The Backyard

The Backyard

Friday, January 9, 2009

Organic Gardening Magazine and Rodale


In my humble opinion, Organic Gardening magazine and Rodale are still the aboslute best sources for organic information and healthy living available. Rodale is the great-grandparents of it all (since 1931!) - organic gardening, healthy living (founder of Prevention magazine and many others), and continue to provide useful information and a wealth of resources. Their books are the best, and the magazines are worth the subscription. Check out their mags! (I've read all of them at one time or another, other than "Best Life." ) And they have literally hundreds of books to choose from. Enjoy! (Oh, and they are a Pennsylvania-based company too).

3 comments:

livinginalocalzone said...

I've never seen the Organic Gardening site before, thanks for passing it on. You are always such a good resource, both your own thoughts and linking to things that are useful and put out by others. I'm bad at actually referencing mags or other things in print, but I'll bookmark the website. I am just starting my veg gardening quest - do you find it is any harder/easier to take the organic vs. the conventional route?

Chili said...

I find organic MUCH easier. When I used chemicals (many, many, many years ago!), it got confusing...there's a chemical for every type of bug, type of plant, and form of disease out there -- so I had a shelf full of every imagineable chemical and spray. When I went organic, I simply planted as much as I could in the line of herbs/native plants/perenniels (to attract beneficial insects), and put compost on just about everything. As an organic gardnerer, I'm not a perfectionist -- I'm ok if a bug or two put a whole in a plant leaf, and I tend to let the gardens get a little grown up at times (its a GOOD thing!). The bottom line is, you have faith in nature and natural methods, not a chemical - and that's the important part!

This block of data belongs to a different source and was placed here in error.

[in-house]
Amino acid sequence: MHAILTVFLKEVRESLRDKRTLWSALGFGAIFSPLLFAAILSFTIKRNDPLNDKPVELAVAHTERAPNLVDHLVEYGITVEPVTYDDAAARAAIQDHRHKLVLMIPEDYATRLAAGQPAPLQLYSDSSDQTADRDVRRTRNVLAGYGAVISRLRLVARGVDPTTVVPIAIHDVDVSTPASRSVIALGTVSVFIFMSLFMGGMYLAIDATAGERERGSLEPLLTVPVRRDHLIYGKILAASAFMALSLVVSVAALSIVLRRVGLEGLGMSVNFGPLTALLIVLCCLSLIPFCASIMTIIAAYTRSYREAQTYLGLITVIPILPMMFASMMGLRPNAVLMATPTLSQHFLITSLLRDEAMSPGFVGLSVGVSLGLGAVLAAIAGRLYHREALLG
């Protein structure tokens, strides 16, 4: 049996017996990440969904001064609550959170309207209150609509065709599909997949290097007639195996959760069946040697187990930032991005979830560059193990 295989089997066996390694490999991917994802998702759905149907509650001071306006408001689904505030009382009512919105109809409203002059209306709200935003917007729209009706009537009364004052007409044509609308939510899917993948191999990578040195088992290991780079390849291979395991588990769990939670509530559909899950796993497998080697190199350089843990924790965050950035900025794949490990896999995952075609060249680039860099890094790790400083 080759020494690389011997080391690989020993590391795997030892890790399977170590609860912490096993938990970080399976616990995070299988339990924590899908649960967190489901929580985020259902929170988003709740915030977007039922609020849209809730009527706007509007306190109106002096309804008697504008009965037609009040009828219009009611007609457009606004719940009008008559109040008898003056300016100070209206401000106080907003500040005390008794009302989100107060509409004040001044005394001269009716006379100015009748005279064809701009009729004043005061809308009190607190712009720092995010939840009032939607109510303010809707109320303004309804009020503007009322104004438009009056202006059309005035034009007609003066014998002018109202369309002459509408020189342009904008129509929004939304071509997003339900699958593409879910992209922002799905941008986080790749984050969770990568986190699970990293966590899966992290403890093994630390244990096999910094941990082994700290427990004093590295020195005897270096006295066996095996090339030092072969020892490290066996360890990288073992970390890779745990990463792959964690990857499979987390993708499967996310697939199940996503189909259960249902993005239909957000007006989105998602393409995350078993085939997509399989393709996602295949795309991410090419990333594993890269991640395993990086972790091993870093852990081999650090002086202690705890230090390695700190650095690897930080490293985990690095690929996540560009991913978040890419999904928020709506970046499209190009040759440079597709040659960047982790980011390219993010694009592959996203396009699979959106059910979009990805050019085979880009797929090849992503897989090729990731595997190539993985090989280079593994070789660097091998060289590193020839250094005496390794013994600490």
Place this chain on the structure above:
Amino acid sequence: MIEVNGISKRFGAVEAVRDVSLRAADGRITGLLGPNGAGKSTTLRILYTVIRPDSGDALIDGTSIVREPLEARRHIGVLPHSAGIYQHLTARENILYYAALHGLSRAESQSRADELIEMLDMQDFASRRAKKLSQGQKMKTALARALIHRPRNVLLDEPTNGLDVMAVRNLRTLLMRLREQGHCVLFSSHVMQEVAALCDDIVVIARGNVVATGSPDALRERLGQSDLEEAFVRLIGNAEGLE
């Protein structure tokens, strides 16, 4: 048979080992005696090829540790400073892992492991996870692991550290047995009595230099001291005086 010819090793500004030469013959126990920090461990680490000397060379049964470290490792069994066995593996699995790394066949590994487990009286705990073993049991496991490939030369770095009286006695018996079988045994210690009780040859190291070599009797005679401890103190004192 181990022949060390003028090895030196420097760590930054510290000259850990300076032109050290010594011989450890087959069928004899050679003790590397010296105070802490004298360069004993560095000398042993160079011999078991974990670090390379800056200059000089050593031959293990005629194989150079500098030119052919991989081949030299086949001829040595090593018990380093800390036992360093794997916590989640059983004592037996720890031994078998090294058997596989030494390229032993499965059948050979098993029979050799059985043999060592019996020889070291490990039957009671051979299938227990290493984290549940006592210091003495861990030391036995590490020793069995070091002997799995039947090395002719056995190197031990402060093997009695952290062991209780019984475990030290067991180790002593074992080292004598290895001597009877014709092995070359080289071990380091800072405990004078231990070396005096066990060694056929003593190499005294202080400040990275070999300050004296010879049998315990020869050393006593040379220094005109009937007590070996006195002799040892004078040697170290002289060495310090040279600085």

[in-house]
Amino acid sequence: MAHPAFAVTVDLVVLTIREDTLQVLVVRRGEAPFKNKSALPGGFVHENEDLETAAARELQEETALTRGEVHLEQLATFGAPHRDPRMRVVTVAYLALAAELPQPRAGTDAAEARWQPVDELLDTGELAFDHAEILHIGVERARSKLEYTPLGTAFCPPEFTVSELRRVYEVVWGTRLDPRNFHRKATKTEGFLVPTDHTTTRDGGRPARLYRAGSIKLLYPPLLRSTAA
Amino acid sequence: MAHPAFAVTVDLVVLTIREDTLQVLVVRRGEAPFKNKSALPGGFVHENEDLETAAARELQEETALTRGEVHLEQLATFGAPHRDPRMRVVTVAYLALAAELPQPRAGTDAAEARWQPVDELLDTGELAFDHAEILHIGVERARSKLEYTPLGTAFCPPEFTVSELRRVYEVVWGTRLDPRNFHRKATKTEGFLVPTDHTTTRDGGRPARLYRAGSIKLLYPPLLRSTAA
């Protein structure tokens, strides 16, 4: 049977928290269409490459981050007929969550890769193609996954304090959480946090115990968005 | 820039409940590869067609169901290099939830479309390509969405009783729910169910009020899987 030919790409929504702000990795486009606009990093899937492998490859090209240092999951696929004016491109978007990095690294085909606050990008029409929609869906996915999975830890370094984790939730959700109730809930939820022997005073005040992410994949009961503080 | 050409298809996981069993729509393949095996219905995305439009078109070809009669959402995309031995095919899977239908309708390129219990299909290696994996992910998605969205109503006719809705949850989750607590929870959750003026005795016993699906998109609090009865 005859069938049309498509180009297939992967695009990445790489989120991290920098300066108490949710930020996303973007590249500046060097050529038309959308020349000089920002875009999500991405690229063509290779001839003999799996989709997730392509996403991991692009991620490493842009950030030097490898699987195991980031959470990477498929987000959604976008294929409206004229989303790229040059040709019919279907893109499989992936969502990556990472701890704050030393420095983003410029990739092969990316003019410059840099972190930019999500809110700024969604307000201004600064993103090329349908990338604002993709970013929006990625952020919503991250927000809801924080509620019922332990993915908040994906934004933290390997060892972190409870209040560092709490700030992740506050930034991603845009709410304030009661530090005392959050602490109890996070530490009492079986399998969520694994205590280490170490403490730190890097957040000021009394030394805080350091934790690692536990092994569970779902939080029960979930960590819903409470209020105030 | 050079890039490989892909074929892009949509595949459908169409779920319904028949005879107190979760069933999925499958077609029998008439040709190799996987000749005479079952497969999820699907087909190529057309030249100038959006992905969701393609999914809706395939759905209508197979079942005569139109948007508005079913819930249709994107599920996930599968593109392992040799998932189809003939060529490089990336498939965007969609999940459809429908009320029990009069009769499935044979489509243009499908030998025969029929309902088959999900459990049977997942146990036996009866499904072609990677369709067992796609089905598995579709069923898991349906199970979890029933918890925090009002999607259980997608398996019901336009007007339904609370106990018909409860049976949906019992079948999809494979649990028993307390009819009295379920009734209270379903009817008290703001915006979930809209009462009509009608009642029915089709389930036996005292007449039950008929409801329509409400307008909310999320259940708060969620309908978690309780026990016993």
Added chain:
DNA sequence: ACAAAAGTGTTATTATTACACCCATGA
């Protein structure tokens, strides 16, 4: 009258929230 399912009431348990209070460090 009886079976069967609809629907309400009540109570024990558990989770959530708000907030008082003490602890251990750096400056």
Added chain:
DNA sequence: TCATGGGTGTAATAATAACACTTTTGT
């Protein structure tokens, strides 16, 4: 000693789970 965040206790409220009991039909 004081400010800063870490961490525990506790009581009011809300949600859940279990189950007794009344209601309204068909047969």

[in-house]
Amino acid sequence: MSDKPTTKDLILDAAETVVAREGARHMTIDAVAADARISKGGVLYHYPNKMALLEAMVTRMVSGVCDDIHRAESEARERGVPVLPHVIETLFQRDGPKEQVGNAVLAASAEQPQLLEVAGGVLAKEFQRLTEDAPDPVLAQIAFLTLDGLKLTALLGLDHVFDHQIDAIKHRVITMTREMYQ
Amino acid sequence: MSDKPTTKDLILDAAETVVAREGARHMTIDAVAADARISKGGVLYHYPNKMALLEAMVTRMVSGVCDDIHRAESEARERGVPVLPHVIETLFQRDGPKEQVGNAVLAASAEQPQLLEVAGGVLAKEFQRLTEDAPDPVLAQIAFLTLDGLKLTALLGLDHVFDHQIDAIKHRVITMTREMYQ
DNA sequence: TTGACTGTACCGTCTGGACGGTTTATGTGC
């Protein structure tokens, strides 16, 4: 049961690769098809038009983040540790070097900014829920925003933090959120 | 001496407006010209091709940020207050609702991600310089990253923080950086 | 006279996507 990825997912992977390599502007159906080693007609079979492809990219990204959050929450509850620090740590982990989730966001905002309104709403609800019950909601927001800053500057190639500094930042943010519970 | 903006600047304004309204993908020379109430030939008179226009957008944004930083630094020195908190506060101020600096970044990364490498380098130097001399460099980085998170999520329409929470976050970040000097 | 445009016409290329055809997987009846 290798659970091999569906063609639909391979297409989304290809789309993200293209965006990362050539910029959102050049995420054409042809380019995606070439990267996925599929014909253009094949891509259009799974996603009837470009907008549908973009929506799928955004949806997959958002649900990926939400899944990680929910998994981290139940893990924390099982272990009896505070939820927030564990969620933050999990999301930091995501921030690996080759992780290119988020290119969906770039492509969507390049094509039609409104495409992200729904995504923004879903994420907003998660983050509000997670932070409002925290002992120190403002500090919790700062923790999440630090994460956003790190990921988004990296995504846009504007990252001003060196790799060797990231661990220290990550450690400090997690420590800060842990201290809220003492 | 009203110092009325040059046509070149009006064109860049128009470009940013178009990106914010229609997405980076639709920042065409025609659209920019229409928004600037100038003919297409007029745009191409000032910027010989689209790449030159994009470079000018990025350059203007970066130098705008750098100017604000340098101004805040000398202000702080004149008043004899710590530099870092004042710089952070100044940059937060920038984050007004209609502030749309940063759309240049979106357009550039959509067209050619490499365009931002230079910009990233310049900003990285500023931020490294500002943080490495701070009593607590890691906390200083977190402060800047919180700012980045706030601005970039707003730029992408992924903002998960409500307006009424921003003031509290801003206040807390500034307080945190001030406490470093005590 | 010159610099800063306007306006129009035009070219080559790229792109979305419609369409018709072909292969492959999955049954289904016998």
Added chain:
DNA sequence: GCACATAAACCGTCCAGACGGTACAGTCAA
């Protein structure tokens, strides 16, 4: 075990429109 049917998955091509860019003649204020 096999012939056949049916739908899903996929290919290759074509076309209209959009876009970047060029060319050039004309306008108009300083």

livinginalocalzone said...

That's sort of how I intuitively feel, that I am okay with a bug or two eating at a spinach leaf, etc though I'd prefer to keep them away as much as possible of course. And the good part I think about planting the kinds of things that keep off the bugs and kind of "protect" each other is that the gardener gets even more goodies to enjoy and eat!

Last summer I was looking at the chemical pest control and had my head spinning out of confusion - so many different sprays for different things, plus the labels say not to eat the fruit X days after spraying, etc. I ended up muddling through without any control, either chemical or organic methods. While it was ok for the most part, I do want to try the organic route this year and see what I can learn